Tie police were out of their depth, and were on the verge of physical and mental exhaustion. Every lead they followed had proved to be false, and the disturbances were continuing unabated. The city of Montreal had no legal authority to control the demonstrations or gatherings of support during which thousands of people, fists raised defiantly, were shouting ‘Vive le FLQ!” while speakers hurled the most injurious insults not at the terrorists, but at the politicians.

So the Canadian Armed Forces were called in, at the request of the Quebec government, “in aid to the Civil Power.” Since the kidnapping of Pierre Laporte, soldiers had been ensuring the safety of federal ministers, including the prime minister. I spent the weekend at Harrington Lake, in the Gatineau Hills, and both military and police personnel kept my country house under surveillance. And official communications continued to flow in, from Montreal and Quebec City, clamoring for the proclamation of the War Measures Act I resisted for several more days, conscious as I was of the con-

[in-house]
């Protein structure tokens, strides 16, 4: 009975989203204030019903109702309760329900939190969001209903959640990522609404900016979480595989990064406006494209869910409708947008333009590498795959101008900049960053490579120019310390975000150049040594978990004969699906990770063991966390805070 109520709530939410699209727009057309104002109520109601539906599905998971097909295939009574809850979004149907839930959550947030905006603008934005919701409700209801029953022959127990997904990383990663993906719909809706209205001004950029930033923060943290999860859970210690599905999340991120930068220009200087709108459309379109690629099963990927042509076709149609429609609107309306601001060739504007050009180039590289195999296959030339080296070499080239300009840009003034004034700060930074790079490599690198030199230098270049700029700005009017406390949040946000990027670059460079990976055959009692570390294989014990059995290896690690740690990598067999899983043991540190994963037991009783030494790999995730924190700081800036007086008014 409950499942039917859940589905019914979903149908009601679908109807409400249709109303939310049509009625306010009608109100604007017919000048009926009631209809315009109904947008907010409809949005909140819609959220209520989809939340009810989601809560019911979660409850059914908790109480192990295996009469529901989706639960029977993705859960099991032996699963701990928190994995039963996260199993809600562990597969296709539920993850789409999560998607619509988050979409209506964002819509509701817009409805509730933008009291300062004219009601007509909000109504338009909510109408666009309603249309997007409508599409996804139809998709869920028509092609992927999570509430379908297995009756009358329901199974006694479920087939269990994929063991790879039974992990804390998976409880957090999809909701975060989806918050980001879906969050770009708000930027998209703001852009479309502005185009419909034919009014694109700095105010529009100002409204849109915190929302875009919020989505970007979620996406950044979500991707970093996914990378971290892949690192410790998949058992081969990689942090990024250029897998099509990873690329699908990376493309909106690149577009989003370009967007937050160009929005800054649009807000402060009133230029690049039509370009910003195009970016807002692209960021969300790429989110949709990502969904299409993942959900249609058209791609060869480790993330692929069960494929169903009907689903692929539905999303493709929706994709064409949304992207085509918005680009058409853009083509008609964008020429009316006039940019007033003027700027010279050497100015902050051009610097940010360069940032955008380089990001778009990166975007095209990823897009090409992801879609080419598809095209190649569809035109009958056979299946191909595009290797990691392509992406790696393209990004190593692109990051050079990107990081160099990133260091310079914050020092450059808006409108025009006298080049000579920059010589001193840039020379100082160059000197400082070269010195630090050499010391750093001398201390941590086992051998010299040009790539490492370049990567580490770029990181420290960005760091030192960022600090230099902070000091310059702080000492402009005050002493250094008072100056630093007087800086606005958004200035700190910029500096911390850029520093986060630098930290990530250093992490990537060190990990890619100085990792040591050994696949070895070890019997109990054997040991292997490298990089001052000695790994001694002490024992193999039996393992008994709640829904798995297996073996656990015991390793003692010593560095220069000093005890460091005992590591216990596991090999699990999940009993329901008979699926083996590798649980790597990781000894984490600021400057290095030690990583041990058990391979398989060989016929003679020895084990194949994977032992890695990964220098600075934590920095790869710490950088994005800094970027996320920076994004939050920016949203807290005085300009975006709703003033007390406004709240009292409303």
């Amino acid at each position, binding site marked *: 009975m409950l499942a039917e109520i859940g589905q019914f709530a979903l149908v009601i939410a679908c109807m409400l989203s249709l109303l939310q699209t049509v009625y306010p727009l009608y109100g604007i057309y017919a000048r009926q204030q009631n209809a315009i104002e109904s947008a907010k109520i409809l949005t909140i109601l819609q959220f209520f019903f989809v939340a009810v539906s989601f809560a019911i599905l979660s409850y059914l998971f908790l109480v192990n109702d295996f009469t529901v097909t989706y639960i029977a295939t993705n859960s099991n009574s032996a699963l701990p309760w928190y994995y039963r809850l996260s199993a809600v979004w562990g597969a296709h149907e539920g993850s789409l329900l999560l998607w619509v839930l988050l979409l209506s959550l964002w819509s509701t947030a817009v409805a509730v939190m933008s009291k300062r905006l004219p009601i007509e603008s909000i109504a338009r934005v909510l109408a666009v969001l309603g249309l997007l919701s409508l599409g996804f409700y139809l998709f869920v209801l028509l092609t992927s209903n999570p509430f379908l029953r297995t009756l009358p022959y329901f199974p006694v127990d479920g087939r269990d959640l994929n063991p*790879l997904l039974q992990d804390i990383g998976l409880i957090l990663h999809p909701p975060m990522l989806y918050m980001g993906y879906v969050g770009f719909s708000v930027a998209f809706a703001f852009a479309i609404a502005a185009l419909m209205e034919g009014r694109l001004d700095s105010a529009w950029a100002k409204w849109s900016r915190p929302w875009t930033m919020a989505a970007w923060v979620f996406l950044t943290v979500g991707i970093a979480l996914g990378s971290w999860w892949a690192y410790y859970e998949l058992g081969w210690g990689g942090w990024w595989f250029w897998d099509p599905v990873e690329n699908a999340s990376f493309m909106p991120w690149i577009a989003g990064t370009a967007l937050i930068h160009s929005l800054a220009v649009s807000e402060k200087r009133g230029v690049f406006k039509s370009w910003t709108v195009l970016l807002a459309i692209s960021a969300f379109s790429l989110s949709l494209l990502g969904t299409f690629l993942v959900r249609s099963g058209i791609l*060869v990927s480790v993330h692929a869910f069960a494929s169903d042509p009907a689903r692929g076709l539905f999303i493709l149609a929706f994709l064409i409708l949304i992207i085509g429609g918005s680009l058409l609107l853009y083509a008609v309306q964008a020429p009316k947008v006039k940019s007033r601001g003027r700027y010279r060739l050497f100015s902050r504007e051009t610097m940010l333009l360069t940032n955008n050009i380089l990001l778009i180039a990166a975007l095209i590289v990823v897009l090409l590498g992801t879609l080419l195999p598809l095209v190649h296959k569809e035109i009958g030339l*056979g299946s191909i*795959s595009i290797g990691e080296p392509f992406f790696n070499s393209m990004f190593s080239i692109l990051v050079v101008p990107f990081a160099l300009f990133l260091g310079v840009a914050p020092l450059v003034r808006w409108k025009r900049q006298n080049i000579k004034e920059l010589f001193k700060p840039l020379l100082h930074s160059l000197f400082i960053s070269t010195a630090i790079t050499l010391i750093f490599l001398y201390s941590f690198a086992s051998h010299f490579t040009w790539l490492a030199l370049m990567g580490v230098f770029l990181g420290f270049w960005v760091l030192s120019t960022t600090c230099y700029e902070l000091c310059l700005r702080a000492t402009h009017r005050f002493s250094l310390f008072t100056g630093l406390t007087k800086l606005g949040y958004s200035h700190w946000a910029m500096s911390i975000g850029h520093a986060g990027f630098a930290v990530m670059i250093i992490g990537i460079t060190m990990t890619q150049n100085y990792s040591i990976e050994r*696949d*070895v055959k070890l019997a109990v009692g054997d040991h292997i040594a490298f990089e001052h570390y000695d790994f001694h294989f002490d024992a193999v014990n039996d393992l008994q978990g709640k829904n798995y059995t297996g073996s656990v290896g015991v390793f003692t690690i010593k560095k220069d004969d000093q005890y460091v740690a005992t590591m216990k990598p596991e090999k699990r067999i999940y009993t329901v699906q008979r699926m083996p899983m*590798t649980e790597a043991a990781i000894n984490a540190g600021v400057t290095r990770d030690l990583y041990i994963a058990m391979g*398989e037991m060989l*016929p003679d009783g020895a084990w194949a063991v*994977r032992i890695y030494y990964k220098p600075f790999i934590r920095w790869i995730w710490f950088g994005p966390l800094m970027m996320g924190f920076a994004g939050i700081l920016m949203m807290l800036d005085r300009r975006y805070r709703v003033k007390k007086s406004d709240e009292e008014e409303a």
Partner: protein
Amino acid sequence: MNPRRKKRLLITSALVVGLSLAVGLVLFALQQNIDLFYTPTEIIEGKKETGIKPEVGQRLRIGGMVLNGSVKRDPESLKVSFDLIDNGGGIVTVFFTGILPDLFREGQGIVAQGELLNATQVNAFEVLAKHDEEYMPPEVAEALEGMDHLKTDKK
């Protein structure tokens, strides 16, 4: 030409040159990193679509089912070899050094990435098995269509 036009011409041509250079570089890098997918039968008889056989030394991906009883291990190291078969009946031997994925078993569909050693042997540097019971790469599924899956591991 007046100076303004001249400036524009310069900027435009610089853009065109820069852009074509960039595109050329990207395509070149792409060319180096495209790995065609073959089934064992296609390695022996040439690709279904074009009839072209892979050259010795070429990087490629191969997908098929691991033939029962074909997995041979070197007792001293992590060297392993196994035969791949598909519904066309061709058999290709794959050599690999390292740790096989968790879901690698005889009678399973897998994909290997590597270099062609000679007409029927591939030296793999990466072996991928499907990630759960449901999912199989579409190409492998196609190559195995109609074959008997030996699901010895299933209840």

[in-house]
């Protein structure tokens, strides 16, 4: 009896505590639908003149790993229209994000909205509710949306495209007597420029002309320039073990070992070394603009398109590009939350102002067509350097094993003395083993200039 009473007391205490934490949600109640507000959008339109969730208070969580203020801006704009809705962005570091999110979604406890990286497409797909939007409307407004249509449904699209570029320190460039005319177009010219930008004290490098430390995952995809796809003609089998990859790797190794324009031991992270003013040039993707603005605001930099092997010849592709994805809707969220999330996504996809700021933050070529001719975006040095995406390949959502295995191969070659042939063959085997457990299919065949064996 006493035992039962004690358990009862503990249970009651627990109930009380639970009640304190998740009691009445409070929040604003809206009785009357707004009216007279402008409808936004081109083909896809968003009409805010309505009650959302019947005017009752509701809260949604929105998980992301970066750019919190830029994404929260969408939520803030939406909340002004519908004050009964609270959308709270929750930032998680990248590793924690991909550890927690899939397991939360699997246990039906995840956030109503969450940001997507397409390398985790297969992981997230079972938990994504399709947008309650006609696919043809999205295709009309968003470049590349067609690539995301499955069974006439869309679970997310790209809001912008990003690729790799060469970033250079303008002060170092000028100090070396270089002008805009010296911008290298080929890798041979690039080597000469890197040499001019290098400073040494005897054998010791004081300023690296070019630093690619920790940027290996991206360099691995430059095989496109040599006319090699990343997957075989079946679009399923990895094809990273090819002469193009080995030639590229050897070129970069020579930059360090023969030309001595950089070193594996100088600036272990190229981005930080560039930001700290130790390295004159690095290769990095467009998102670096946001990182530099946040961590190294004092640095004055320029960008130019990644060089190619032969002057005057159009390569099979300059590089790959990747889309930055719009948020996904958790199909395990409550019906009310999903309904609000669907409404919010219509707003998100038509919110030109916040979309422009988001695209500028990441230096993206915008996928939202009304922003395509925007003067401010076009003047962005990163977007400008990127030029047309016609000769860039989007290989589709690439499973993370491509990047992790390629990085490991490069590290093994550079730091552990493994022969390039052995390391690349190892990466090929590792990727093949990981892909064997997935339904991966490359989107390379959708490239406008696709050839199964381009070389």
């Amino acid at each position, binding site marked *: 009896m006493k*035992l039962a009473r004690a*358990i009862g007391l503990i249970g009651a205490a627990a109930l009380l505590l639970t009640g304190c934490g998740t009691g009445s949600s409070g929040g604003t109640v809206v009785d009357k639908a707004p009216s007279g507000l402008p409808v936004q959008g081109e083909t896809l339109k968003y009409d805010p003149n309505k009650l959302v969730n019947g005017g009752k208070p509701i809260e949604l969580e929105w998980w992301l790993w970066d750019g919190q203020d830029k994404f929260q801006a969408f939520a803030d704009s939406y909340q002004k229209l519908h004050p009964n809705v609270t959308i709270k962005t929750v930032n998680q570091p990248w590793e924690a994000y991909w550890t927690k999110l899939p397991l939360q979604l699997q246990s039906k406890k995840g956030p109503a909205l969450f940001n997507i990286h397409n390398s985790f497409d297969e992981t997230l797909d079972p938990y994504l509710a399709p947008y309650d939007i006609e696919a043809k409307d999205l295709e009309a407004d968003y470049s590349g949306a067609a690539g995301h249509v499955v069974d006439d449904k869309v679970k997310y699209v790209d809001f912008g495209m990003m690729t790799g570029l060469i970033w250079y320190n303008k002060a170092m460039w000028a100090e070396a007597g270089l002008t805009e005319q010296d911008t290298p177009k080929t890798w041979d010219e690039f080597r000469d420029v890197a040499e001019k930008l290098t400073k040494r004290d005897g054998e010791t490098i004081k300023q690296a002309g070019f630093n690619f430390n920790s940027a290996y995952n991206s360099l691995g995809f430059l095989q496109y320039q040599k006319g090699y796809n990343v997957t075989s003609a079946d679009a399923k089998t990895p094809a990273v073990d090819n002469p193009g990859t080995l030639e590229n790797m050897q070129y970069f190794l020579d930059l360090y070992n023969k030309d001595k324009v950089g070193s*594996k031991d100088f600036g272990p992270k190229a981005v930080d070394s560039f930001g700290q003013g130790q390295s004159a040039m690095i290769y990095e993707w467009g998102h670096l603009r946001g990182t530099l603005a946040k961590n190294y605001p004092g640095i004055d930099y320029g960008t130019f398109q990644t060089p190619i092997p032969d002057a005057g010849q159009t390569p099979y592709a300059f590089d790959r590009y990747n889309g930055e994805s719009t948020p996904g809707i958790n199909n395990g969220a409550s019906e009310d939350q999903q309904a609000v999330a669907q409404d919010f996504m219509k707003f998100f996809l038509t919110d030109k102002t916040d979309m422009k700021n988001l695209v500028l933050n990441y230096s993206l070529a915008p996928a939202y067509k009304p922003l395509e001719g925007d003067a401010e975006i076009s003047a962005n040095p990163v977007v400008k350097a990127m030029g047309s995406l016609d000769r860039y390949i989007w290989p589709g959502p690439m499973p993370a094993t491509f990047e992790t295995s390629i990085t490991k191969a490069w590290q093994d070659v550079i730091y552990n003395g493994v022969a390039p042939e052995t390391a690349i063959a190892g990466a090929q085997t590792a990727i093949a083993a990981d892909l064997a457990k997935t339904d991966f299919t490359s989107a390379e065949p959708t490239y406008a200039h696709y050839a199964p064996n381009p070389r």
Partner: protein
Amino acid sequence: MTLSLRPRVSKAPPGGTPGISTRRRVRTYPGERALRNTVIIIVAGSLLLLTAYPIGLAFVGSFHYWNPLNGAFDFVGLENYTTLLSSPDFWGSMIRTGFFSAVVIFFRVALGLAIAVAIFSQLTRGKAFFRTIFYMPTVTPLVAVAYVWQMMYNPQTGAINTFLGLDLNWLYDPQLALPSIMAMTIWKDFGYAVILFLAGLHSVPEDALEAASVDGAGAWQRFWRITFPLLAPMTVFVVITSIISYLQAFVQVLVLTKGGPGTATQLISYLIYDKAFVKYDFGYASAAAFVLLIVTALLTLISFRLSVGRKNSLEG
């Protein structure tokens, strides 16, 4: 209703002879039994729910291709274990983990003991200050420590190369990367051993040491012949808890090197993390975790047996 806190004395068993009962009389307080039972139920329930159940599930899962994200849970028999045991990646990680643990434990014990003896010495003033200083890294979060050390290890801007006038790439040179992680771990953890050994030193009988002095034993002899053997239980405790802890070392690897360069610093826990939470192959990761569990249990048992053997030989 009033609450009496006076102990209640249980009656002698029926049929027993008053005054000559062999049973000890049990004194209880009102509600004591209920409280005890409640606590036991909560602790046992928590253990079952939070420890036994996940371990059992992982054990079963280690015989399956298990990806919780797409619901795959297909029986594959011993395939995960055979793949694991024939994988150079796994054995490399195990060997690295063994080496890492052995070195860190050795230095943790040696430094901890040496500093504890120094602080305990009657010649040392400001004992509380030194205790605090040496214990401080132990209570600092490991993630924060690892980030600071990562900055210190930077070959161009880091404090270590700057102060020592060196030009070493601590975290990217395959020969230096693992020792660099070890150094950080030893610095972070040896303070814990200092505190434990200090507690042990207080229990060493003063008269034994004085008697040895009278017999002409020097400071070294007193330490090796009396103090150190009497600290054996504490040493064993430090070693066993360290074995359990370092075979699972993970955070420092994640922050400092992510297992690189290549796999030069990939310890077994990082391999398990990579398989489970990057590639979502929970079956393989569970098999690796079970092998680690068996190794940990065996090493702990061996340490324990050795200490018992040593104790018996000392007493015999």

sequences of such a move. I kept putting it off from one day to the next but those from whom I was hearing in Montreal and Quebec City would not let me stall any longer. In the end, I had to recognize that they were in a better position than I was to judge the urgency of the situation.

That Oct 15,1 ended up giving in to the representations of my Quebec counterpart [Bourassa] and of the mayor of Montreal [Jean Drapeau]. “But be careful,” I stated. “The War Measures Act cannot be invoked for just any reason. The law specifically states that only a state of war, real or apprehended, or insurrection, real or apprehended, can justify having recourse to the War Measures Act. Are you, Bourassa, and you, Drapeau, ready to declare, in writing, that you are under such an apprehension? If you are not it is impossible for me to go ahead. The law itself prevents me from proceeding.”